UPPER DUBLIN — The need to set a nationwide maximum contamination level of PFAS and PFOA in drinking water, safely dispose of contaminated soil and stop manufacturing products containing per- and polyfluoroalkyl substances were the focus of a roundtable discussion led by members of a Congressional PFAS Task Force Monday hosted by U.S. Rep. Madeleine Dean, PA-4.
Representatives from federal, state and local government, citizen groups, and others, reviewed action at the federal and state levels and scientific research.
The EPA has a health advisory for a maximum 70 ppt. of PFAS in water, but many at the roundtable advocated a non-detectable level.
“PFAS is associated with serious health risks, cancer and impaired immune performance,” Dean said. “We must acknowledge we have a serious problem.
“We were waiting for the EPA to come forward with a maximum contamination level, but Congress is not waiting,” she said. A bipartisan task force has been created and 15 bills introduced, she said.
The chemicals, used in firefighting foam on military bases in Bucks and Montgomery counties, contaminated water supplies in Warrington, Warminster and Horsham, and are believed to have spread to communities downstream, such as Upper Dublin.
Joined by U.S. Reps. Dan Kildee, MI-5, co-chair of the Congressional PFAS Task Force, and Paul Tonko, NY-20, chairman of the Subcommittee on the Environment and Climate Change, Dean pointed to “a need for more robust federal leadership.”
During an earlier tour of the Naval Air Station in Willow Grove, Dean said she saw “an enormous pile of contaminated dirt with no plan of what will happen.”
New Jersey was going to put it in a vault, but the community objected, she said.
“I also saw inadequate water spill protection methods — PFAS still flows off the base daily.”
“We need targeted policy to set goals and standards to move forward,” Tonko said, and “sound federal policy to provide funds for cleanup.
“I’m concerned EPA has punted; it has not developed standards,” he said. “We will push the agency to do that.
Kildee, from Flint, Mich., said like the “initial reaction” to the lead-contaminated water by the state “to try to minimize the danger … many in the federal government” are showing “a lack of urgency to deal with an urgent question of public health.”
“Standards should be based on science not convenience,” Kildee said. “We have a health advisory that is not enforceable and is based on old science.”
Legislation proposed would require the EPA “to bring forward a standard based on science,” he said.
Dean, speaking during a break, said she will introduce a bill to include PFAS in the Toxic Chemical Act, “to provoke the EPA to set a level” of PFAS permitted in water, “be responsible for safe disposal and ban their use in products and manufacturing.”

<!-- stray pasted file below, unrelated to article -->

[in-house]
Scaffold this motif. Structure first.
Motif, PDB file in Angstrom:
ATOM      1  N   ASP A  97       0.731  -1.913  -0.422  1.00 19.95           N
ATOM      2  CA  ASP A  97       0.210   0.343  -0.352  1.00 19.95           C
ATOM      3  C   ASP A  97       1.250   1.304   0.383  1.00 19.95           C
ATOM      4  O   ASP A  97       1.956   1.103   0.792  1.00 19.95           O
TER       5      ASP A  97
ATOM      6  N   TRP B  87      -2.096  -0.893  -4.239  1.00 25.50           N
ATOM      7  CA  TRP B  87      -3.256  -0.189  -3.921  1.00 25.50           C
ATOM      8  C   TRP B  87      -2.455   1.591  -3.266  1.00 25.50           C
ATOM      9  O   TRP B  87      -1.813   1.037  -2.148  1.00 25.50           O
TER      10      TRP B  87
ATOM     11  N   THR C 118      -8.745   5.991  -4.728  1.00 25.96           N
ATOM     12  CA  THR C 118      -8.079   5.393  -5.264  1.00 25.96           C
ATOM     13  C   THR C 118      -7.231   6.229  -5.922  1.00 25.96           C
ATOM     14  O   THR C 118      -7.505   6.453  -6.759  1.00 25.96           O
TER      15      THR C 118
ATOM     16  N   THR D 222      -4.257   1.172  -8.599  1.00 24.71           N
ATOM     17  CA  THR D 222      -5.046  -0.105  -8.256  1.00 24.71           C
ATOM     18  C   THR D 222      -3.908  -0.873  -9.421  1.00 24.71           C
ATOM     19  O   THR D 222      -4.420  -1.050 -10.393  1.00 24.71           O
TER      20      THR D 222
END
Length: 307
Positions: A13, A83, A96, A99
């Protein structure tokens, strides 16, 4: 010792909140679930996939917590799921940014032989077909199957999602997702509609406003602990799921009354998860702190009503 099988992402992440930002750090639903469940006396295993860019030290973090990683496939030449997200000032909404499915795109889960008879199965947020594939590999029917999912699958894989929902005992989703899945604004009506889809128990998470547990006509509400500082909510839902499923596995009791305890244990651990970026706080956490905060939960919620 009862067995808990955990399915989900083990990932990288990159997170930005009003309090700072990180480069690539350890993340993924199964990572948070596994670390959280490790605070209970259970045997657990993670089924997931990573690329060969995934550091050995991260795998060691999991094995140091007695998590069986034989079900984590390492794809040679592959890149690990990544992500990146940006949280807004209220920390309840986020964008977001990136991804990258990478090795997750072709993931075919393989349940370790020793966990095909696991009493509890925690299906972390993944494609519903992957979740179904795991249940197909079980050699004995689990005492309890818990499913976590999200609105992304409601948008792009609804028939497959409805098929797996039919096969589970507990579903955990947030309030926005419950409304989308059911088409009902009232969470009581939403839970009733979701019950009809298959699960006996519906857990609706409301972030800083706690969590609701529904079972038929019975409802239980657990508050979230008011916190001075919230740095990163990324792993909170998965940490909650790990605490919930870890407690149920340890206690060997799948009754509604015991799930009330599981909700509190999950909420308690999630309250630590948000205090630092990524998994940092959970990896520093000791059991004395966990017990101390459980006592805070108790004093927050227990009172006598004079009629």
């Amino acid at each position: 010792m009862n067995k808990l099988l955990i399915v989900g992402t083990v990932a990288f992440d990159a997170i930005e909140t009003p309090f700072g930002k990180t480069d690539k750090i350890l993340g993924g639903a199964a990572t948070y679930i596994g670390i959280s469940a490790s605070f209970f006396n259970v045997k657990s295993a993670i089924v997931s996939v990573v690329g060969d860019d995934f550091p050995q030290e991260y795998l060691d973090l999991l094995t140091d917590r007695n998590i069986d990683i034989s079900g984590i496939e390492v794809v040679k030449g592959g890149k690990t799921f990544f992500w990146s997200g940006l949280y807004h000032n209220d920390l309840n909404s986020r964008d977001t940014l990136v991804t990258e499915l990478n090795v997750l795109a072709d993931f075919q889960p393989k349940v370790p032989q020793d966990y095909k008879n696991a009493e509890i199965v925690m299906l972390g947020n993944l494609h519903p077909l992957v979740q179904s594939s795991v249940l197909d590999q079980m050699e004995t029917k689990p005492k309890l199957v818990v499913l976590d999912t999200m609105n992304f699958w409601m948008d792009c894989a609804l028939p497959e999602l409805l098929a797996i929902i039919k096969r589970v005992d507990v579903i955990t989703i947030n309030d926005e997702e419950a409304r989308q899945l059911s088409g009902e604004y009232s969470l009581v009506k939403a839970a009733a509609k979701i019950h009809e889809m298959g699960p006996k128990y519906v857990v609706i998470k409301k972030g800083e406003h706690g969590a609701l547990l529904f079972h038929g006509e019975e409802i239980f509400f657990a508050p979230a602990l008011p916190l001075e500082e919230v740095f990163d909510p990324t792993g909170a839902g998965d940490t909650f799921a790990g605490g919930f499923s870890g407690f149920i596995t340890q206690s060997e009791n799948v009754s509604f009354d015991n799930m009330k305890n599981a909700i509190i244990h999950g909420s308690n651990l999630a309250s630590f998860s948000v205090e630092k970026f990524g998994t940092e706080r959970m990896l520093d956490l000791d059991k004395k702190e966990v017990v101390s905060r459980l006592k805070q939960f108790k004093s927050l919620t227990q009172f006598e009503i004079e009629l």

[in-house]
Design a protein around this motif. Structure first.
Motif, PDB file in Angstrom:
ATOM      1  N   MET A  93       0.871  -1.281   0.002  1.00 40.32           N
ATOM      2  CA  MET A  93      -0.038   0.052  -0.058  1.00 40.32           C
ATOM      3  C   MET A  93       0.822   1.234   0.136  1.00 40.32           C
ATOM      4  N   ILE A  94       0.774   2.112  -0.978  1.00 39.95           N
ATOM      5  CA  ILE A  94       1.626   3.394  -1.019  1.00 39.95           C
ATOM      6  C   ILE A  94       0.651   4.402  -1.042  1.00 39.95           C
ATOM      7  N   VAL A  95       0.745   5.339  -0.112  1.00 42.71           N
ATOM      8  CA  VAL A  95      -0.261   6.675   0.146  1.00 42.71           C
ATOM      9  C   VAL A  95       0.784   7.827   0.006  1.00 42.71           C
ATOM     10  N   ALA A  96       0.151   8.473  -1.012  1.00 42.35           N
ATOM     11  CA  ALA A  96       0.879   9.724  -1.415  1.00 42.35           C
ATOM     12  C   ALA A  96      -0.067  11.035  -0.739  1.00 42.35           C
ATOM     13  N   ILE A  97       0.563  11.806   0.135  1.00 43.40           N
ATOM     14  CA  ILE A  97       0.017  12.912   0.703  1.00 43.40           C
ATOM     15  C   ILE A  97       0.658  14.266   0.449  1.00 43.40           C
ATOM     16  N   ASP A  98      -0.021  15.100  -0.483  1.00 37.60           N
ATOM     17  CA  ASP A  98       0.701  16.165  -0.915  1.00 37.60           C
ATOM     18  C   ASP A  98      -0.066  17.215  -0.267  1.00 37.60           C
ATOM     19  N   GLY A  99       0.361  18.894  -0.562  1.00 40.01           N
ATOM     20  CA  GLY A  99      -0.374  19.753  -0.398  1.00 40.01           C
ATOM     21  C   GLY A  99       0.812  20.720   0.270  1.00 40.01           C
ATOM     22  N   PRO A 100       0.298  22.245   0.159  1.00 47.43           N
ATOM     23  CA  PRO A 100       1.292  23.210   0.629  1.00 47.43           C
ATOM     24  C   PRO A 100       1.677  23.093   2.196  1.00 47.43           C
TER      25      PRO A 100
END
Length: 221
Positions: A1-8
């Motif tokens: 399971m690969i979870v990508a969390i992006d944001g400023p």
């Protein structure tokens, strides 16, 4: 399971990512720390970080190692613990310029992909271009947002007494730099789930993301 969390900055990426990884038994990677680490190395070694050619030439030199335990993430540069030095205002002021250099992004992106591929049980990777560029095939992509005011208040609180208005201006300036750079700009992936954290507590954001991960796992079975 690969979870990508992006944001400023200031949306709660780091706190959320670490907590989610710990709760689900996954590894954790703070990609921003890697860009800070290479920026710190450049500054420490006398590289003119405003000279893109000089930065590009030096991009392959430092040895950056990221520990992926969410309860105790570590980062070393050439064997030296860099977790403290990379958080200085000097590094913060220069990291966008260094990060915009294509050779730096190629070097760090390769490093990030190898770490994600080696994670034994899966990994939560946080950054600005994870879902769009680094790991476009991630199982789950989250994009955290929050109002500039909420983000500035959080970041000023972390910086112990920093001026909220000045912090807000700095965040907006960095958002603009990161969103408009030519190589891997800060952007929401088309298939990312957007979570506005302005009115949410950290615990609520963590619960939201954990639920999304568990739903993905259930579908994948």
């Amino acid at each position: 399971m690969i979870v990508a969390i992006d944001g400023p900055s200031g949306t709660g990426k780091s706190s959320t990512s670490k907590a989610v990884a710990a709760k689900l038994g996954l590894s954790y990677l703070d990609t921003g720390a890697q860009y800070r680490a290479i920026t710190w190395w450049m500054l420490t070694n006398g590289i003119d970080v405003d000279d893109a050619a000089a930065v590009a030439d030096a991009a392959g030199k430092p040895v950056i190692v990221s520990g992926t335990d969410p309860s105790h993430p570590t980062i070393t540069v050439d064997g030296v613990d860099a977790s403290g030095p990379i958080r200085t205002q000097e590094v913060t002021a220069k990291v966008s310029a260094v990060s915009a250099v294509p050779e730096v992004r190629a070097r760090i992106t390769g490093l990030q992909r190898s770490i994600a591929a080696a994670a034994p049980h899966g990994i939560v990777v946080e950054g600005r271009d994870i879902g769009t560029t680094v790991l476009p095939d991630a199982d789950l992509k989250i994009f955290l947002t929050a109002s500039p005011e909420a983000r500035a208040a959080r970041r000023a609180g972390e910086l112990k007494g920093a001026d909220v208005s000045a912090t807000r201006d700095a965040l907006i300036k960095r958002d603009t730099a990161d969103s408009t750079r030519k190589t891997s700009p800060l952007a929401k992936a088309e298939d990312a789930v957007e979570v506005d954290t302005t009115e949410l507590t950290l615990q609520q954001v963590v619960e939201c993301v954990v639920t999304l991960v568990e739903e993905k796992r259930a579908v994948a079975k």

“Area residents have some of highest levels of PFAS in the country,” said Joanne Stanton of the BuxMont Coalition for Safer Water. Additional studies “to determine outcomes, including cancer” are needed, as well as screenings, she said.
A $10 million nationwide study to determine health effects of PFAS in groundwater “will help answer questions,” she said.
The bills need to be evaluated at hearings “with science based in our discussion,” Tonka said. “The current administration is rejecting science; we will not tolerate that.”
The bills, for the most part, have bipartisan support and many have Senate companion bills, Kildee said.
“We hope we will be able to move something this year.”
At the state level, Rep. Ben Sanchez, D-153, said he has proposed legislation with a 13 ppt. MCL based on the New Jersey standard, and noted state Rep. Tom Murt, R-152, has a bill to have the MCL be set in one year.
“I’m not optimistic,” Sanchez said. “At the state level we have climate change deniers in the majority party in charge of the Energy and Resources Committee. It’s a rejection of science in favor of business.”
The governor has created an Action Team, however, hired a toxicologist, and proposed increased funding for testing, he said.
The Action Team is working “to see that the chemicals are no longer used, and on the disposal problem,” said Lisa Daniels of the PA Department of Environmental Protection.
DEP has adopted 70 ppt. as a groundwater standard, will propose standards for drinking water in the fall, and is “trying to identify safe disposal sites and methods,” she said.
The Air National Guard at Willow Grove acquired some additional funding for a larger treatment system, said Rick Rogers of the EPA Region 3, noting “a lot of water bypasses the treatment unit because it isn’t large enough.”
“The amount of PFAS going offsite is relatively high,” he said. “We’re working with the Air Guard before installing a new treatment system.”
Horsham Township Manager Bill Walker said Horsham, assisted by the Navy in developing a treatment plan, has been at the non-detect level since April 2017, which costs Horsham residents $1.2 million a year, which is “not fair … our residents should bear no cost.”
Noting contamination is also in the soil and aquifers, he said, “We need one contamination plan and someone to clean it up. I realize it will take decades, but we need to start doing it.”
Representatives from Langan, an engineering consultant, said more studies are needed to assess the health effects of PFAS and find practical and cost-effective technology to remediate the soil and treat the water.
“States have tried to do it on their own, but we need a standard across the country,” Dean said. “This is a problem with a solution — everyone taking a responsible role, stopping contamination and doing the cleanup.”